1 cup (120 g) coconut palm sugar (can replace with packed light brown sugar by weight)

2 teaspoons pumpkin pie spice

1 1/4 cups (125 g) certified gluten free old-fashioned rolled oats

1 1/2 cups (180 g) certified gluten free oat flour (I grind my own from old-fashioned rolled oats)

1/2 teaspoon baking soda

1/2 teaspoon kosher salt

3 ounces miniature dried fruit, raw pumpkin seeds, and sliced raw almonds (plus more for sprinkling)

5 tablespoons (70 g) virgin coconut oil, melted and cooled

2 eggs (100 g, weighed out of shell) at room temperature, beaten

Directions

  • Preheat your oven to 350¬įF. Line a rimmed baking sheet with unbleached parchment paper and set it aside.

  • In a small, heavy-bottom saucepan, place the pumpkin, sugar and pumpkin pie spice, and whisk to combine well. Place over medium heat and bring to a simmer, whisking frequently. Allow the mixture to simmer for 20 seconds more before removing it from the heat and setting it aside to cool until no longer hot to the touch.

  • In a large bowl, place the oats, oat flour, baking soda and salt, and mix to combine well. Add the dried fruit, pumpkin seeds, and almonds, and toss to combine. Create a well in the center of the dry ingredients, and add the oil and eggs, and mix to combine. Add the cooled pumpkin and sugar mixture, and mix to combine. The dough will be very thick and sticky. Divide it into 10 equal portions on the prepared baking sheet, about 1 1/2 inches apart from one another. I used a medium ice cream scoop. With wet fingers, press down on top of each piece of dough to spread into a disk. Sprinkle some more pumpkin seeds and/or almonds on top of each piece of dough.

  • Place the baking sheet in the center of the preheated oven and bake until firm to the touch and set in the center (about 15 minutes). Remove from the oven and allow to cool on the baking sheet until firm. Serve immediately, or wrap in waxed paper and store in the freezer. Defrost at room temperature before enjoying.

  • Originally published on the blog in 2011. Completely revised and updated to make much more healthy, with no all purpose gluten free flour at all.

Love,
Nicole

Comments are closed.

  • Elsie
    October 23, 2017 at 11:01 PM

    How much pumpkin butter does the 120g packed pumpkin and 120g palm sugar make? I made pumpkin butter using 48 oz pumpkin for another recipe and would like to use some of that if possible. Great recipes, I have 3 of your books.

    • Nicole Hunn
      October 24, 2017 at 5:11 PM

      As I state in the recipe for homemade pumpkin butter, Elsie, it makes about 4 cups. I’m afraid I can’t predict how much you’d need for another recipe.

  • Denise
    October 18, 2017 at 4:42 PM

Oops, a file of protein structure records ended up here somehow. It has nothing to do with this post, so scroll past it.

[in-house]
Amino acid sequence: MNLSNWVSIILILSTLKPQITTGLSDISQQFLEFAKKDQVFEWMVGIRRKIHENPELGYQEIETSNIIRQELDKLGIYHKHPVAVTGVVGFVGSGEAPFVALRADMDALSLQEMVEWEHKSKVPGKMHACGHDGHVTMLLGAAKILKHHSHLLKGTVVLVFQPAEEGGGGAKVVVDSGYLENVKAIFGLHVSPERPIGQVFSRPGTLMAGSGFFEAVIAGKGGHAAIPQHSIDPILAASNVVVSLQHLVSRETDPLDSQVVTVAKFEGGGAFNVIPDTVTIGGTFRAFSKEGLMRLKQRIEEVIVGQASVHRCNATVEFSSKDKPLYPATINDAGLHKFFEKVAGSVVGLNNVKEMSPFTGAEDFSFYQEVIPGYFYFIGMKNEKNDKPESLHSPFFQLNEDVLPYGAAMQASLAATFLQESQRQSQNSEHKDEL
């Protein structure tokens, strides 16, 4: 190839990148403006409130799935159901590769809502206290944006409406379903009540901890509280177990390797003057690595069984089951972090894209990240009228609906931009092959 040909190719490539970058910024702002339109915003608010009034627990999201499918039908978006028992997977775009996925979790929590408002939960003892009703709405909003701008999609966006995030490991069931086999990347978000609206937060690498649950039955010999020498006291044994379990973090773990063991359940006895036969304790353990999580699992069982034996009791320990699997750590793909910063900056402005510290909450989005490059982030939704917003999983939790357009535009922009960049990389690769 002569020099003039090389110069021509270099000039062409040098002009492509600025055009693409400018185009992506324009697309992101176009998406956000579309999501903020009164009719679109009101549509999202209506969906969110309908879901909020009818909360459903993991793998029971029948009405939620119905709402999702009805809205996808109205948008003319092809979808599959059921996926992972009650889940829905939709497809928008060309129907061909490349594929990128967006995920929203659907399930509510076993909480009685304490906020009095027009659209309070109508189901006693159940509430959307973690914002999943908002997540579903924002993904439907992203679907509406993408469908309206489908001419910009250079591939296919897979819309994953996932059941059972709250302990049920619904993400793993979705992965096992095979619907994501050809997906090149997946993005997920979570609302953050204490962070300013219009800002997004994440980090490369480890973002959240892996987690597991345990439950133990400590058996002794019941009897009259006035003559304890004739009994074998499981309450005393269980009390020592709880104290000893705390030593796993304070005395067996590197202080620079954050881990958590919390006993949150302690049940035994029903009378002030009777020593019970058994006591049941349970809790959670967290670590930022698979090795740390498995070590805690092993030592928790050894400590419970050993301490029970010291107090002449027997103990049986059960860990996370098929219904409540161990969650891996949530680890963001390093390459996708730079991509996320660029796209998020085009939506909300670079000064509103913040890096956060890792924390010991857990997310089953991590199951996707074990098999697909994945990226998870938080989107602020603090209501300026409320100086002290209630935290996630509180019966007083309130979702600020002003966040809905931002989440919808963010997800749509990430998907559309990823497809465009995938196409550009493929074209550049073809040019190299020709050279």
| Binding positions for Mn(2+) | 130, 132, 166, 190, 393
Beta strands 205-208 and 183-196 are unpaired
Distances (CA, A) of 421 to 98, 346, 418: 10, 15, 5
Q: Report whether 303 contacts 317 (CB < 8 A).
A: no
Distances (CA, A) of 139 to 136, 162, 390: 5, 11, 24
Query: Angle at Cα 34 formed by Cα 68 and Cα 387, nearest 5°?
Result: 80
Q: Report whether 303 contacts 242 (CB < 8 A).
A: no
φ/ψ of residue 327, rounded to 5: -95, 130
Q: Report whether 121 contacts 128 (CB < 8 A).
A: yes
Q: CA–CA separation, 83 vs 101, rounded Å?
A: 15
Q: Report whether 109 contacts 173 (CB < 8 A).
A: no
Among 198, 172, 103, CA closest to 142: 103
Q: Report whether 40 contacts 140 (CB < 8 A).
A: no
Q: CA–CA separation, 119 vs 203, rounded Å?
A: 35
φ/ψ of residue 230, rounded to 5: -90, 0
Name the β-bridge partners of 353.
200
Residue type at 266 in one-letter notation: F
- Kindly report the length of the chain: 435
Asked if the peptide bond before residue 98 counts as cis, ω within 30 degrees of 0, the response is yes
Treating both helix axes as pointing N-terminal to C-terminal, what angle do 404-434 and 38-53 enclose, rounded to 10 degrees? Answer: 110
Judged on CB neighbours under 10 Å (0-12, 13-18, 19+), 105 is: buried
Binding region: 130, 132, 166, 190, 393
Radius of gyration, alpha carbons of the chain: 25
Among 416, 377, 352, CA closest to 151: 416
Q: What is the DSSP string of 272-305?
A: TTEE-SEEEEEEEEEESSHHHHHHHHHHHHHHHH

If I don’t want to grind my own oat flour, what brand do you recommend?

    • Nicole Hunn
      October 18, 2017 at 7:31 PM

      Hi, Denise,
      Bob’s Red Mill sells certified gluten free oat flour. Since I’m not concerned about oat flour being ground very fine, Bob’s is an acceptable brand of oat flour. Hope that helps!

  • Cat
    October 16, 2017 at 6:38 PM

    Thanks for the response, Nicole.
    Would you please remove my last name from the comment post? I didn’t realize it would be included.
    Thanks again,
    Cat

  • Stephanie
    October 16, 2017 at 3:57 AM

    Hi Nicole,
    I love your recipes! I’m a total fan of everything pumpkin but here in Belgium it’s impossible to find canned pumpkin. How can I replace that? Would making my own pumpkin puree from fresh pumpkin work?
    Thanks!

    • Nicole Hunn
      October 16, 2017 at 8:21 AM

      That would work just fine, Stephanie. I actually explain how to do that in this post, although you won’t need to make the pumpkin butter for this recipe, just the puree. Hope that helps!

  • Anneka
    October 16, 2017 at 12:46 AM

    We made these tonight and they are awesome! Not too sweet but sweet enough ;). We used one third oat flour and two thirds GF all-purpose, as my mom can’t handle too much oat, and they turned out well. Thanks Nicole!

  • Nancy
    October 15, 2017 at 8:26 AM

    Was that 3 ounces each of the dried fruit, pumpkin seeds and almonds or 3 ounces total? Thank you

    • Nicole Hunn
      October 16, 2017 at 8:22 AM

      It’s 3 ounces total, Nancy, or I’d clearly indicate 3 ounces of each. :)

  • Cat
    October 13, 2017 at 8:45 PM

    hi Nicole,
    Any ideas to reduce and/or substitute the 1 c. of sugar in this recipe? Thanks!

    • Nicole Hunn
      October 14, 2017 at 8:46 AM

      Hi, Cat,
      This recipe calls for 1 cup of unrefined coconut palm sugar, which only weighs 120 grams (as opposed to 200 grams for refined granulated sugar). You can’t reduce it further than that, or substitute it, no.

  • Darlene
    October 17, 2011 at 2:38 AM

    I am so pleased you found a way for me to justify eating cookies for breakfast. You are officially my hero. ~Darlene~

    • Nicole
      October 17, 2011 at 8:12 AM

      I do what I can, Darlene. :)
      xoxo Nicole

  • Kadren
    October 15, 2011 at 10:14 AM

    You are my hero! And I totally know what to do with the other half of that can of pumpkin. DOUBLE THE BATCH!!!!!!!!!!!!!!!!!!!!!!!!!!! :) These are on the list of things to make today. Gotta mix up some flour today and pizza is on the menu for dinner tonight. The kids have been begging. :) And if you ever need a taste tester, I’ll email you my address. :) You do awesome work, Nicole!

  • October 15, 2011 at 9:34 AM

    Can’t wait to try this one. Sounds delicious! Love your cookbook too.